Preparing for a Bar or Bat Mitzvah can be a daunting task. Maybe you are experiencing that now, or your child expressed how stressful it is. Everyone involved may feel stressed.
Stress can be a good thing. It sheds light on the fact that this is a serious event and you want to do it just right.
In order to do it just right (just right will look different for everyone), it requires planning.
It’s important to know all the facts before starting to plan. For example, one does not have to go to Israel to celebrate their Bar/Bat Mitzvah. One is not required to secure a Bar or Bat Mitzvah date at the time of the child’s birth.
I am often asked, how much time is needed to prepare for a Bar or Bat Mitzvah. The answer is…
Here a few factors to consider:
What will your child be doing at the ceremony.
Here are a few options: (P.S.-They don’t have to do anything.)
Your child should be involved in this decision. After all, it is their Bar/Bar Mitzvah.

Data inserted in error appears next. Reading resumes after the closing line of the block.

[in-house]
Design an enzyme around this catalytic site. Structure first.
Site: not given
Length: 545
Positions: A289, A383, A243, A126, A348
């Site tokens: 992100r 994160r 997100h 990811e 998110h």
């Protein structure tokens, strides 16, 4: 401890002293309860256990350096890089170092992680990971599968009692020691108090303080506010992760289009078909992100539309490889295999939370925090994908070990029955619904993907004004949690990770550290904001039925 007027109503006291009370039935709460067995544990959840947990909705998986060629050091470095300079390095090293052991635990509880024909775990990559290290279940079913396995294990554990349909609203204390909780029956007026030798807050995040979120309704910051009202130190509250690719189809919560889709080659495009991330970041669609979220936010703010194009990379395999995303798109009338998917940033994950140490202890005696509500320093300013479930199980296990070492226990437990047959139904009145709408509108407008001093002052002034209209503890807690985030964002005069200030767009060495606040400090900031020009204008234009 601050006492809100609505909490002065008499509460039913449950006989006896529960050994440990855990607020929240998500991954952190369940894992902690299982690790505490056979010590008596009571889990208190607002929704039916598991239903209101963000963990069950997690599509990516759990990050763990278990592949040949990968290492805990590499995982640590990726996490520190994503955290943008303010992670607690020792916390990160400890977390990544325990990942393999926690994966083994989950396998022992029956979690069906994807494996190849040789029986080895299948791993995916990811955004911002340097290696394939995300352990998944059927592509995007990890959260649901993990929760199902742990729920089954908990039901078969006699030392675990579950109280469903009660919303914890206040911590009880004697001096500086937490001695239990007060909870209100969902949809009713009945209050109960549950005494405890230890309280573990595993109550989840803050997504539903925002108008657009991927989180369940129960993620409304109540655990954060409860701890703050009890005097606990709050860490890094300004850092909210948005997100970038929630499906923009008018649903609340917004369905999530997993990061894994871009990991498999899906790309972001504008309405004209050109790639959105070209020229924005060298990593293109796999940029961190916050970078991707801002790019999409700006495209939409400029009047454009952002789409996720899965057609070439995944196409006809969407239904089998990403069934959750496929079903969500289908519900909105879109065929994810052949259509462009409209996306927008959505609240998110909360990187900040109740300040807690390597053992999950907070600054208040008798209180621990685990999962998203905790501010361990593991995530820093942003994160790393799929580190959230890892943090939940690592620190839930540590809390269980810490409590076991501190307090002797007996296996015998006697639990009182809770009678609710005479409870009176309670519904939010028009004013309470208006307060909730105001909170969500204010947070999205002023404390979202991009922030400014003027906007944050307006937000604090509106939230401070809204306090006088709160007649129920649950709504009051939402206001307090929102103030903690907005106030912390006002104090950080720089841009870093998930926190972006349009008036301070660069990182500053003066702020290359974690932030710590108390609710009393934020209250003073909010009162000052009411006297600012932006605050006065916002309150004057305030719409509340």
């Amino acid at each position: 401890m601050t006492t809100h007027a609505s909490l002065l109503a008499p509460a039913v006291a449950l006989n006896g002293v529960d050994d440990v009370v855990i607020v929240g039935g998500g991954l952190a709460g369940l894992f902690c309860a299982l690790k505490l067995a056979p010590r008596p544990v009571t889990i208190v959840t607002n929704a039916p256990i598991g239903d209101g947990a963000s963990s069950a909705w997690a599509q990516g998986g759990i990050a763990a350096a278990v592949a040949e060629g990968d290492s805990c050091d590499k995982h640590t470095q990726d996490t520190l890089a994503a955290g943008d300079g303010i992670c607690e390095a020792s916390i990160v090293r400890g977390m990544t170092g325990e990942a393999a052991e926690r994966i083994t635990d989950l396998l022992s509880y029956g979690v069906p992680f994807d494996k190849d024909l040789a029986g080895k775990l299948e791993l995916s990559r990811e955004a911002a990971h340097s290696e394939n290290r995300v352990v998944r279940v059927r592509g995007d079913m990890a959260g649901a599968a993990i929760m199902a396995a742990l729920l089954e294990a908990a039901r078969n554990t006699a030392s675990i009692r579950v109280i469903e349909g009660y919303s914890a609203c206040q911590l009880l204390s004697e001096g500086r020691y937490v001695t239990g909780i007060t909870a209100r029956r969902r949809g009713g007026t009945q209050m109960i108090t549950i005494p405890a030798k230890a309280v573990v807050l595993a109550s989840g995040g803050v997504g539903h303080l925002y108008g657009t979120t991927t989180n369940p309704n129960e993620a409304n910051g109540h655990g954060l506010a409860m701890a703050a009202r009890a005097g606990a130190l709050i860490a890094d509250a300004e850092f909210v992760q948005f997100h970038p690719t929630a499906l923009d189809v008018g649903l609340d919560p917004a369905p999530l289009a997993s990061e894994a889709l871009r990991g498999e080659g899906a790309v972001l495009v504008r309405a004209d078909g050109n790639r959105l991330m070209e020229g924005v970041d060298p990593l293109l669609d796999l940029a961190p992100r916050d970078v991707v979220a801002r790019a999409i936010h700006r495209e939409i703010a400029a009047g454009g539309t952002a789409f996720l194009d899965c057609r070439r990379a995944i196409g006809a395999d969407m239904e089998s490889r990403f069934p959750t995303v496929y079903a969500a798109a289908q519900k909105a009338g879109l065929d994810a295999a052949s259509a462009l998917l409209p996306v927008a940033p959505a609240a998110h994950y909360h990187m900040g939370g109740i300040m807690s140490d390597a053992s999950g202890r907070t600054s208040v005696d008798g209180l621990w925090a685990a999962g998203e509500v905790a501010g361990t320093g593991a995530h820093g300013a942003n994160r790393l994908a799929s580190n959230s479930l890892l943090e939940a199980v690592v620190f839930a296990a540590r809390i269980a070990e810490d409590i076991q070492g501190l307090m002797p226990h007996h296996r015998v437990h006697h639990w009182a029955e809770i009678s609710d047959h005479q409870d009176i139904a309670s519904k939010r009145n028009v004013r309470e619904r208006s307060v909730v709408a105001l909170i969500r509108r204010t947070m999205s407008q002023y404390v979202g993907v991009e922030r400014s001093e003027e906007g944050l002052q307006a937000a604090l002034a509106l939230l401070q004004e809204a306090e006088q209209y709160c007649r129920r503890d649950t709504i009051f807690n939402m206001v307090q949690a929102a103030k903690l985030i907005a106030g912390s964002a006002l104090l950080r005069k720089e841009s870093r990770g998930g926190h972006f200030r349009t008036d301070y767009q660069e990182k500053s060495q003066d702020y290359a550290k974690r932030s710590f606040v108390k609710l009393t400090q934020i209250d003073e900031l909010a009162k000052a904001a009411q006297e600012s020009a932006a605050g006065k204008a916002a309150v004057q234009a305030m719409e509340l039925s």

Another factor to consider is a date. Generally boys have their Bar Mitzvah at 13, and girls at 12, but often times, people like to wait. Ask yourselves, do we want it right when you (the child) turns 12/13? Do we want it in the summer? Do we want it on Shabbat or a Sunday? Answering these questions will help set the stage for the big day (and make it less daunting).
The ceremony is the most significant part of the decision making process. Some people have an additional celebration, inviting even more family and friends. While this additional party may have significance in your community or the school your son or daughter attends, it may be helpful, and less duating to think of the two celebrations as individual gatherings. For example, some people have the ceremony locally and then travel to Israel for the party. Additionally, some have the ceremony in Israel and the party locally. Furthermore, some do both locally. We’ll go one step further, both celebrations don’t have to be on the same day, in the same week or even in the same month.
The point is, everything can be tailored to fit your lifestyle, your budget and your family’s dreams.
The absolute first thing that should happen when thinking about a Bar/Bat Mitzvah, is to discuss what Judaism means to you as a family, what it mean to your son or daughter once they turn 13/12 and what aspirations you have for them, as they have the privilege to grow up Jewish.
Check back here, later this week, for some talking points about this important topic.